Bayer says he gets less criticism from animal-rights activists than from a faction of nature photography purists who disapprove of giving nature the occasional nudge. In the mid-’80s, Bayer appeared on the MacNeil/Lehrer Newshour, in a debate with a Discover magazine reporter who criticized his methods. The reporter had tagged along while Bayer was filming bats feeding on saguaro flowers — a difficult task in that he blossoms open only occasionally throughout the year, and the bats feed for a matter of seconds. Bayer solved the problem by erecting a large gauze tent around one cactus, waiting for it to blossom, and then ushering in a bat.

”The guy wrote a nasty article about how phony it was,” Bayer says. ”Yes, it’s fabricated. But to the viewer, it’s going to look exactly the same as it would in nature. If we showed viewers only natural, unadulterated filmmaking, wildlife filmmakers would be out of business in a year, it’d be so boring.”

Hear, hear. I’m all for waving a little hamburger in front of this coyote den. Bayer suggests we call it a day and regroup in the morning. He plans to be over at a nearby beaver pond, filming dam construction by the dawn’s early light. How does he know the beavers will be out? Because he’ll be there a half hour before dawn, pulling sticks out of the dam. ”The sounds of rushing water and the water level going down trigger the beavers to come out and repair the dam,” he says. ”Every time they go away to get sticks, you can sneak up and make another break, till you have the shots you need.” It’s not nice to fool Mother Nature, but it’s awfully convenient.

”Besides,” he says as we head back to the studio, ”if that doesn’t work out, you can always get some shots of me with the Hertz rent-a-beaver lodge.”

Beg pardon? ”It’s a set. There is no way to make a beaver film without using a set. You can’t fit a camera and lights inside a beaver lodge.” Actually, what he rents are the beavers — from a local pelt farm. The set he built: a Styrofoam-and-chicken-wire affair, lined with genuine Snake River mud and willow twigs.

Sometimes the set is simply a fenced-in piece of the real thing. ”You cannot film in a rain forest like the Amazon without using sets,” Bayer says. ”You can’t film in the river because it’s too murky. You can’t film in the jungle because you can only see 5 or 10 feet.” Even with a set, it took Bayer three months to get the footage he needed the first time he filmed in the Amazon. ”We were there three weeks before we had any animals,” he recalls. ”We hired some of the local Indians — told them, bring us anything you can find from the jungle. We even put an ad on the local radio station. Eventually word got around. Every morning a few more animals came in.”

The next hurdle is to elicit a performance from your reluctant stars. No mean feat. You can lead an okapi to water, but you can’t make it drink. ”At that point,” Bayer says, ”you are back to nature. You can’t tell them, ‘Okay now, time for nursing.’ You just have to wait.”

For an international production involving remote locations, sets, frequent delays, and aerial filming, the average nature program operates on a tiny budget. We’re not talking shoestring, we’re talking dental floss. Bayer’s dolphin program, another work-in-progress for Nature, is a good example. It’s a two-year project involving extensive underwater filming in Brazil, Australia, Argentina, the Bahamas, Florida, and Hawaii. For under $500,000. That’s about what it costs to make one episode of a half-hour situation comedy.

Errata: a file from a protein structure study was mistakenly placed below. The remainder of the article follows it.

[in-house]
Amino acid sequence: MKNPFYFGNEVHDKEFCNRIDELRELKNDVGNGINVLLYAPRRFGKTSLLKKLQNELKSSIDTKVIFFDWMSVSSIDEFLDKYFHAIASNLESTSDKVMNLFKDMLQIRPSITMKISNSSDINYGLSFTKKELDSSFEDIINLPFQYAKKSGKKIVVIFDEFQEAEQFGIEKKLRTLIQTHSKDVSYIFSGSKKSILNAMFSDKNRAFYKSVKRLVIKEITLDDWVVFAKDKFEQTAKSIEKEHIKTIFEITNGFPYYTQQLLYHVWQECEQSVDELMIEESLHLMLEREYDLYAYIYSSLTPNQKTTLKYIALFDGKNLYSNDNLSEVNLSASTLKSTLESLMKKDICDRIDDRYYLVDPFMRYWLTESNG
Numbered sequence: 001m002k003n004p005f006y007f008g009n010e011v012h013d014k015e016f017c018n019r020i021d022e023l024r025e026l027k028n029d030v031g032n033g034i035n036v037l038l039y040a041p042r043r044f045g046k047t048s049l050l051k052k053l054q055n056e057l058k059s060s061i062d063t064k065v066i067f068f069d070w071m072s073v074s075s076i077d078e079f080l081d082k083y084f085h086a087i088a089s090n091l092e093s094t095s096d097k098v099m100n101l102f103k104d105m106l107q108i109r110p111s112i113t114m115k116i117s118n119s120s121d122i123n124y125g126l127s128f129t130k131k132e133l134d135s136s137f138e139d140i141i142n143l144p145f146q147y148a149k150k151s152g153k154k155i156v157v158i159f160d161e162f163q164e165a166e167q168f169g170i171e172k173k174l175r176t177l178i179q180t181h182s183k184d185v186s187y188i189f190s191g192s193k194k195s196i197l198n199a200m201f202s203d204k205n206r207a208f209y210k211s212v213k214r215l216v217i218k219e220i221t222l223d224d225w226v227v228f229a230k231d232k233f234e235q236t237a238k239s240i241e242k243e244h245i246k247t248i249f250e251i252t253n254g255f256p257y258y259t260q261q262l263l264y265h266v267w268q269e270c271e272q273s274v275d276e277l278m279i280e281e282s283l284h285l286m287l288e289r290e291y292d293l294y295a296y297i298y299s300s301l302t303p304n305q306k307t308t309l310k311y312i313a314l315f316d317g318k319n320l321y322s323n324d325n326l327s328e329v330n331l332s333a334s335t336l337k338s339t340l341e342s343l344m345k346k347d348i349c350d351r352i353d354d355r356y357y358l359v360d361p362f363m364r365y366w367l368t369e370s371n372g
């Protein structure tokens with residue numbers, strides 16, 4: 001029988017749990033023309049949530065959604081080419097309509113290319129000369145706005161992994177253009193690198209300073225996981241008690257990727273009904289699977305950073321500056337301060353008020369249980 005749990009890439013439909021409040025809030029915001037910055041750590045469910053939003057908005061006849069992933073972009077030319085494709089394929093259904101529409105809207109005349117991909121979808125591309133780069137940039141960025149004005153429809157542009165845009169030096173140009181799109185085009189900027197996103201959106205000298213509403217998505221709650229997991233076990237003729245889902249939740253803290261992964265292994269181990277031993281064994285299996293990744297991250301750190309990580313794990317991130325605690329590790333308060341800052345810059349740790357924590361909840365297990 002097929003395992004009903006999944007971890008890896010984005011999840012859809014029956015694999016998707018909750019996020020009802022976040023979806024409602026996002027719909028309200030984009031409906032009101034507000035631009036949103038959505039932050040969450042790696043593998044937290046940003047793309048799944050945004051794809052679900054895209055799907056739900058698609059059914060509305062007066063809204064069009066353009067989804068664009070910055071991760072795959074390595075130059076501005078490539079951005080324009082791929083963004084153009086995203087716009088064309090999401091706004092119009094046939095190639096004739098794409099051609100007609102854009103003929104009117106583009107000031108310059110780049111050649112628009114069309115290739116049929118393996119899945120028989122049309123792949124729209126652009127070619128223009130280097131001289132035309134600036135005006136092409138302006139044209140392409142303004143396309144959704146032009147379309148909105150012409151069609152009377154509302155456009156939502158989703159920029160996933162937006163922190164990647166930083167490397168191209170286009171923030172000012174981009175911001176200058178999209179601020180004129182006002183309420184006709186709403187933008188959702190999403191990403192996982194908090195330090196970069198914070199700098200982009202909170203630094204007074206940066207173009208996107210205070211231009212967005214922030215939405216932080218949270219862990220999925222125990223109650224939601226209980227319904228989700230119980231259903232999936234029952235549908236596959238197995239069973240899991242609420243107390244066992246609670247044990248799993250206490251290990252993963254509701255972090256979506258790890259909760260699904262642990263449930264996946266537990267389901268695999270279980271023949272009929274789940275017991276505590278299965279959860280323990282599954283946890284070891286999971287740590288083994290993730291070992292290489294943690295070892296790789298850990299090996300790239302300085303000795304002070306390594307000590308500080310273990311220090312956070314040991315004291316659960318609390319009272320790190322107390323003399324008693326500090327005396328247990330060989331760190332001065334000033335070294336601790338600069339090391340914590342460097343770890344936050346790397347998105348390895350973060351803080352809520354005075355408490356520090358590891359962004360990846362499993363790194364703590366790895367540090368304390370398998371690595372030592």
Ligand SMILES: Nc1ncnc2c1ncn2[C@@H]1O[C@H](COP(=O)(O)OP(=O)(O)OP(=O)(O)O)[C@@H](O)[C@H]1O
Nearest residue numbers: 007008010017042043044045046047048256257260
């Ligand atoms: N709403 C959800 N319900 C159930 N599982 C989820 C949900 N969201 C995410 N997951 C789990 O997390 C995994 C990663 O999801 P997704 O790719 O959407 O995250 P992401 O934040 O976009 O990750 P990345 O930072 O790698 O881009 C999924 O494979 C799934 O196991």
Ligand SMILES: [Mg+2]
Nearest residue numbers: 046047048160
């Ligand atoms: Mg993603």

How do the nature filmmakers do it? For starters, you have to be practically a one-man operation. For most productions, Bayer is director, producer, and cameraman. Usually he even dubs the films himself, back in the studio. Since we’re there, he offers to show me some of his sound equipment.

”This is one of my most valuable tools.” He picks up a featherduster. Yes, I can understand how important it must be to keep the equipment clean. Now can we see the equipment?

Bayer begins waving the featherduster in my face, faster and faster. I’m beginning to think he might have spent a little too much time alone in the wilderness. ”Listen. It’s a duck taking off.” He slows it down, tracing a wider arc through the air. ”Now it’s an eagle.” Bayer gets a lot of mileage from down products. To create the muffled phlumphf of a coyote pouncing on its prey in the snow, he delivers a staccato punch to a down pillow. The .41 Magnum Smith & Wesson, I learn, is not for sound effects. ”The BBC gave it to me when I was filming brown bear in Alaska.” I wonder aloud whether a gun that size would stop a charging bear. ”No, no,” Bayer corrects me. ”If a bear attacks, you shoot yourself. It’s less painful.” I think he’s joking, but I’m not sure.

At 6 the next morning, Bayer is sipping coffee on the banks of a stream, his chest waders drying in the sun on a nearby sagebrush. For the past 45 minutes, he has been wading waist-high in freezing water, filming a beaver dam. I ask him how he can stand it — the wind, the icy water, the alarm clock set for 4 a.m. For less than what most producers spend on catering, the guy braves Arctic snows, wades ankle-deep in bat guano, gets mauled by jaguars, threatened by poachers, pinned against aquarium walls by amorous beluga whales.

Bayer grins. ”Can you think of a better way to have fun? Besides,” he says, as the sun breaks forth from a billowing tower of cumulus and an elk steps into view in a nearby stand of cottonwoods, ”what good is all that money if you have to live in L.A.?”